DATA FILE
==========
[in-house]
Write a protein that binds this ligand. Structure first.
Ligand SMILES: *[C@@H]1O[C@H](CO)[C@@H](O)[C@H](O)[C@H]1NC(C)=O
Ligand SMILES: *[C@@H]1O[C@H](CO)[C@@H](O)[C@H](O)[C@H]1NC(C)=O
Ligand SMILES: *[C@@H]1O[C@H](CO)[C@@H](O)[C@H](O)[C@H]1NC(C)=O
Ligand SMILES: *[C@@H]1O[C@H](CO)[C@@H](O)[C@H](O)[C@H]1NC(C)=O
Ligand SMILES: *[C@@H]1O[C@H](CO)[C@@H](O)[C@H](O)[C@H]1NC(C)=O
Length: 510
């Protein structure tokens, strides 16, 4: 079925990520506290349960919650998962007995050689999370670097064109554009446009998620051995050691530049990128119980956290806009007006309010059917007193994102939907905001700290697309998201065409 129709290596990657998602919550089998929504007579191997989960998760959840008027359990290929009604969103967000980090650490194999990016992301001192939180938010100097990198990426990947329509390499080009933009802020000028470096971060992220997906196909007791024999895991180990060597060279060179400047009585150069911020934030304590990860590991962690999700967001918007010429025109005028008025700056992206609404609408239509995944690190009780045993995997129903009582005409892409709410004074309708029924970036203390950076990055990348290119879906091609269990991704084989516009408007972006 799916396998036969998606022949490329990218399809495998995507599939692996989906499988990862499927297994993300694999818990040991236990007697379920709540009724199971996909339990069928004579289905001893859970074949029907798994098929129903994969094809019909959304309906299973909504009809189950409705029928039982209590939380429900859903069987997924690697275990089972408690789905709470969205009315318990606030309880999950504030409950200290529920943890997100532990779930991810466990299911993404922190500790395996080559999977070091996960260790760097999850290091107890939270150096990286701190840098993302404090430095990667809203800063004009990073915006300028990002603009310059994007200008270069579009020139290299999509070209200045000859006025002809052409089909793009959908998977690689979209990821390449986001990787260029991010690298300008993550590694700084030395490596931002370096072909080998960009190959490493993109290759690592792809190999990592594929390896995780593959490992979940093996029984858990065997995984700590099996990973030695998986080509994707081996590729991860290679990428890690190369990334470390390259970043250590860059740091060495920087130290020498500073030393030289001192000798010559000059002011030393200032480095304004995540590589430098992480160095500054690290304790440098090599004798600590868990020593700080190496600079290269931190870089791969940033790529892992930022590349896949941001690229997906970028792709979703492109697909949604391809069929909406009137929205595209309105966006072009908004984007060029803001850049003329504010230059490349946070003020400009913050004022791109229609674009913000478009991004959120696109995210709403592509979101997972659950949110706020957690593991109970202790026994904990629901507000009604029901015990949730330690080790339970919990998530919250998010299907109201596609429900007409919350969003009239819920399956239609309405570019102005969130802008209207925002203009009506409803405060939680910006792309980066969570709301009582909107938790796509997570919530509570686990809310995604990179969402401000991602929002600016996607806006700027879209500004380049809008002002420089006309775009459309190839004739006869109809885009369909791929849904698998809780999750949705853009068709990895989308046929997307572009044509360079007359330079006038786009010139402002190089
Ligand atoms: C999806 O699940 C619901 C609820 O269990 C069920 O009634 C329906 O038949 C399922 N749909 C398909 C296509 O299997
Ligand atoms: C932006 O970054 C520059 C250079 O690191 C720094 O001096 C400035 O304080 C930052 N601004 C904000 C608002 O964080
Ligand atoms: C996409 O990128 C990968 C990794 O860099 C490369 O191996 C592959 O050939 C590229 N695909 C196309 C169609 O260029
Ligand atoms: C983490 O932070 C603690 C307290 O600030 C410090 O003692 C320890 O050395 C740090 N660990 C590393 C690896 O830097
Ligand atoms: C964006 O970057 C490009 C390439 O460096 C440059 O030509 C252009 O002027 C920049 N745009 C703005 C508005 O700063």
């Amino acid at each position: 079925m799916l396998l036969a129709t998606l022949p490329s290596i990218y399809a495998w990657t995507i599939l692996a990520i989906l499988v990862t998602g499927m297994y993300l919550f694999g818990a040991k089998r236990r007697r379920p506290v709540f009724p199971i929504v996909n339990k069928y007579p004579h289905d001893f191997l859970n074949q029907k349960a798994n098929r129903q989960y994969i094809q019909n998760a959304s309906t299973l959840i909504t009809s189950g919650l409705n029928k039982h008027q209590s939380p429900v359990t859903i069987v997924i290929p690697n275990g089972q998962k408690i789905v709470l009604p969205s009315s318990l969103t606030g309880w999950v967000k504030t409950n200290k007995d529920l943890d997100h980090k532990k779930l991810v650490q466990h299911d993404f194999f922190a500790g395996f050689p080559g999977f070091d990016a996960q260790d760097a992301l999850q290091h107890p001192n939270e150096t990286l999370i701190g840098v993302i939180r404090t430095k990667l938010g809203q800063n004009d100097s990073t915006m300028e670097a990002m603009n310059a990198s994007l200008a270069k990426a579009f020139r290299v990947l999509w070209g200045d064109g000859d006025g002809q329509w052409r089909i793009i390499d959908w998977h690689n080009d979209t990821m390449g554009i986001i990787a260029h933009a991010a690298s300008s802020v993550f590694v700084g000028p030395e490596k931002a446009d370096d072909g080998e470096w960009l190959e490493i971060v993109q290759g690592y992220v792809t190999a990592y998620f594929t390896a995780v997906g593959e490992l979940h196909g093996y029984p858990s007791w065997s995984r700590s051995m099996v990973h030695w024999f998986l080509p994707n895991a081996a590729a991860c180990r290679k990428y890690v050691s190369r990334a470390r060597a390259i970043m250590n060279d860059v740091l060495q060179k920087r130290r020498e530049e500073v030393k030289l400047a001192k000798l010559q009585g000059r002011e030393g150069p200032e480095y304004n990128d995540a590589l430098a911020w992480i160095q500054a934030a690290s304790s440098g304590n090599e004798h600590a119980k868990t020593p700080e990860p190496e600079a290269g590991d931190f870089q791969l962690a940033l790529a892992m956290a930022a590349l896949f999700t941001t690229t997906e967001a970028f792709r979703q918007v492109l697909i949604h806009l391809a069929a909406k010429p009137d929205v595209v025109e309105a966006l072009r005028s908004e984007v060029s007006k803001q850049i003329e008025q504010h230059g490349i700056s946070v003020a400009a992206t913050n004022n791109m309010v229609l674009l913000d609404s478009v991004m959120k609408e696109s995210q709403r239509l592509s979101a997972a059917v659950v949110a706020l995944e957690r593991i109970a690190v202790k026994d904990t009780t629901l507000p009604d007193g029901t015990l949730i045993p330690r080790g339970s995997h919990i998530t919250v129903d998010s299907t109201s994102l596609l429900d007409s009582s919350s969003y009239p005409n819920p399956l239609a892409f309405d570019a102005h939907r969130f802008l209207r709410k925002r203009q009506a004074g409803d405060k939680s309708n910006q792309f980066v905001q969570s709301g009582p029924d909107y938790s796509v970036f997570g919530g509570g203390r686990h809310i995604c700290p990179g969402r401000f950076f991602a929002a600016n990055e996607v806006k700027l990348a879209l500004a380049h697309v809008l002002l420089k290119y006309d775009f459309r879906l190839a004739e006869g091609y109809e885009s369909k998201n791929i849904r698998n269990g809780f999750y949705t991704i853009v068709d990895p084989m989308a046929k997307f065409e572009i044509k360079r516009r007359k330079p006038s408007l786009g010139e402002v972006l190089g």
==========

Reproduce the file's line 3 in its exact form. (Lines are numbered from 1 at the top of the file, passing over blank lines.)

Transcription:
Ligand SMILES: *[C@@H]1O[C@H](CO)[C@@H](O)[C@H](O)[C@H]1NC(C)=O